In the backyard, a bluet defies my ID attempts, but it posed so nicely that I couldn’t resist. It’s hard to get these guys since they’re so slight and flitty.
Specific Feedback Requested:
Too much of the little stem it’s on? Should I crop more?
Pertinent technical details or techniques:
Is this a composite? - no
Probably handheld -
Lr processed for the crop and some color management (reduced the greens), black and white points and some texture. Topaz DeNoise. Photoshop to remove another bit of branch and an inverted mask selecting the damsel to bring the exposure in the background down a little for the repost.
Very nice, Kris. You are right, they are very slight and flitty, so not always an easy subject. The stem works for me. It fits nicely out into the space for him to “move”. I like how it also has a branch going downwards too. For me, the BG seems a bit bright and distracting, but still a great image.
Beautiful image, Kristen. I love the stem as it is - I think it creates a nice diagonal element in the frame. I wish the leaf in the bottom left corner wasn’t there, but that’s not a big deal. Great shot!
Great catch on the damsel – I never seem to get the whole body in the focal plane.
No real nits here, but I’m always playing what if, so I wonder about a version with the stem in the LL removed and a dose of blur in the BG. Selecting the little beast and the twig could be a challenge, but I decided to try a trick that can often be used in a case like this: Go to Quick Mask Mode and paint a rough selection that extends out into the BG. Q key to make it a selection and go to Filter > Blur Gallery > Field Blur and see how much you can blur without making the original BG close to the object stand out too much. I overdid it here, then did a little cloning with a large low opacity brush. Also did more desaturation of the BG. The result here is not at all good but sometimes it can be a good technique so thought I’d toss it out…
So I spent a lot of time with this one, trying to work Diane’s magic and have posted another shot in the OP. It isn’t perfect since I missed something with the mask, but I think it’s a good effort and I learned a lot. Some things still elude me though and maybe a list of my steps will make it obvious for someone who is better with Photoshop -
Ctrl-J duplicate layer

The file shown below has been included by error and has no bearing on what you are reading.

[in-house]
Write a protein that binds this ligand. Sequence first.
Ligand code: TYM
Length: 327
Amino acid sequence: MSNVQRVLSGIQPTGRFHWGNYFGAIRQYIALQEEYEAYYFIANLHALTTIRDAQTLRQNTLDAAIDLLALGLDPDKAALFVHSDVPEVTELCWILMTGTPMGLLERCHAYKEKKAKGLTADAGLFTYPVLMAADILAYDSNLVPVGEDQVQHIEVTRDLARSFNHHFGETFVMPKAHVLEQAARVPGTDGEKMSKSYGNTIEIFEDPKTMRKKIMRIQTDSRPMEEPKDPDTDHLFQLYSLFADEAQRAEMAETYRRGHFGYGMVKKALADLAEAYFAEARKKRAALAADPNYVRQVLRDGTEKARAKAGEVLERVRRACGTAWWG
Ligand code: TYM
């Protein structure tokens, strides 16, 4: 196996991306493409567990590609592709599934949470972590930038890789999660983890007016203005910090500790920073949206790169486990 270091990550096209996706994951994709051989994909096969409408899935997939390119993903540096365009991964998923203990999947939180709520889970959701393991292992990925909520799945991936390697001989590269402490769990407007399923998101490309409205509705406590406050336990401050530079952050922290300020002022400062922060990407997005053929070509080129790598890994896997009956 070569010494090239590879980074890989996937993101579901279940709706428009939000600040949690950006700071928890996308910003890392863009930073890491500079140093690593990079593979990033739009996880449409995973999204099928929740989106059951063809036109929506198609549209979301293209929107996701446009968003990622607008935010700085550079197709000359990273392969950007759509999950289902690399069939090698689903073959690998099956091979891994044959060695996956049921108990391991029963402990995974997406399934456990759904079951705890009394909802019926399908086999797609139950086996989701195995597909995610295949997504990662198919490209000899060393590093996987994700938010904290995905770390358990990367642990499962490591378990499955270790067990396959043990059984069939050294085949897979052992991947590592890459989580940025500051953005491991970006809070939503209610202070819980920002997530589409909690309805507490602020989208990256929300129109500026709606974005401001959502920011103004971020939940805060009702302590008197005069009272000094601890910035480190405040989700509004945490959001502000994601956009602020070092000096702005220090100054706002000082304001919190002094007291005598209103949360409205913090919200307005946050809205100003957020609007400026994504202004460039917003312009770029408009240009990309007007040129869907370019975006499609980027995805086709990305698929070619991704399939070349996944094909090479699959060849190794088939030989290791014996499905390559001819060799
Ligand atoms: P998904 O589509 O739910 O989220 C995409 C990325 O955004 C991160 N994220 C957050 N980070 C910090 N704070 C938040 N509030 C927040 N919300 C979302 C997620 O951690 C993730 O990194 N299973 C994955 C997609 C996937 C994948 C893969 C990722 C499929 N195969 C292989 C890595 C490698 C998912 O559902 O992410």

Patch tool to remove vertical stem - clone stamp to smooth edges
Select subject then Quick Mask to feather edge and protect subject
Removed layer in step 5 - it looked weird and so I removed it and everything else stayed.
Try as I might I couldn’t use the same mask I made to blur the background to also desaturate the background. So that’s why I did the CTRL/ALT/SHFT-E to create a new layer from both. From there I could do another select and mask to desaturate the background. But it seems I didn’t need that consolidated layer in then end…and I don’t understand why. Clearly I need to understand this, but am a little baffled. It seems like I did something right, but don’t understand what or why. Oy vey. I feel so dumb.
Here’s a shot of my layer panel - those are two different masks created independently which I know probably isn’t necessary, but I couldn’t get it to copy.
On steps 3-4, don’t select anything – the quick mask is for making a selection – a loose feathered one. Q to enter QM mode. Leave the brush opacity at 100. Paint as needed then Q to convert the painted mask to a selection. Save the selection if you want to use it later.
Step 5, it’s the selection you’re inverting. A mask is just a way to visualize the selected area.
Step 6, I neglected to say, Field Blur lets you place several points with different blur amounts.
Step 8, just load the mask you saved, Q to see it, and tweak as needed. Q to go back to a selection. Or if the mask is still on a lower layer, you can Alt/Opt-drag it up to a different layer and invert as needed.
Lemme grab the ice pack and prop the aching foot back up and I’ll go back again for another look at more precise directions. Nothing better to do for the next 6-8 weeks!!!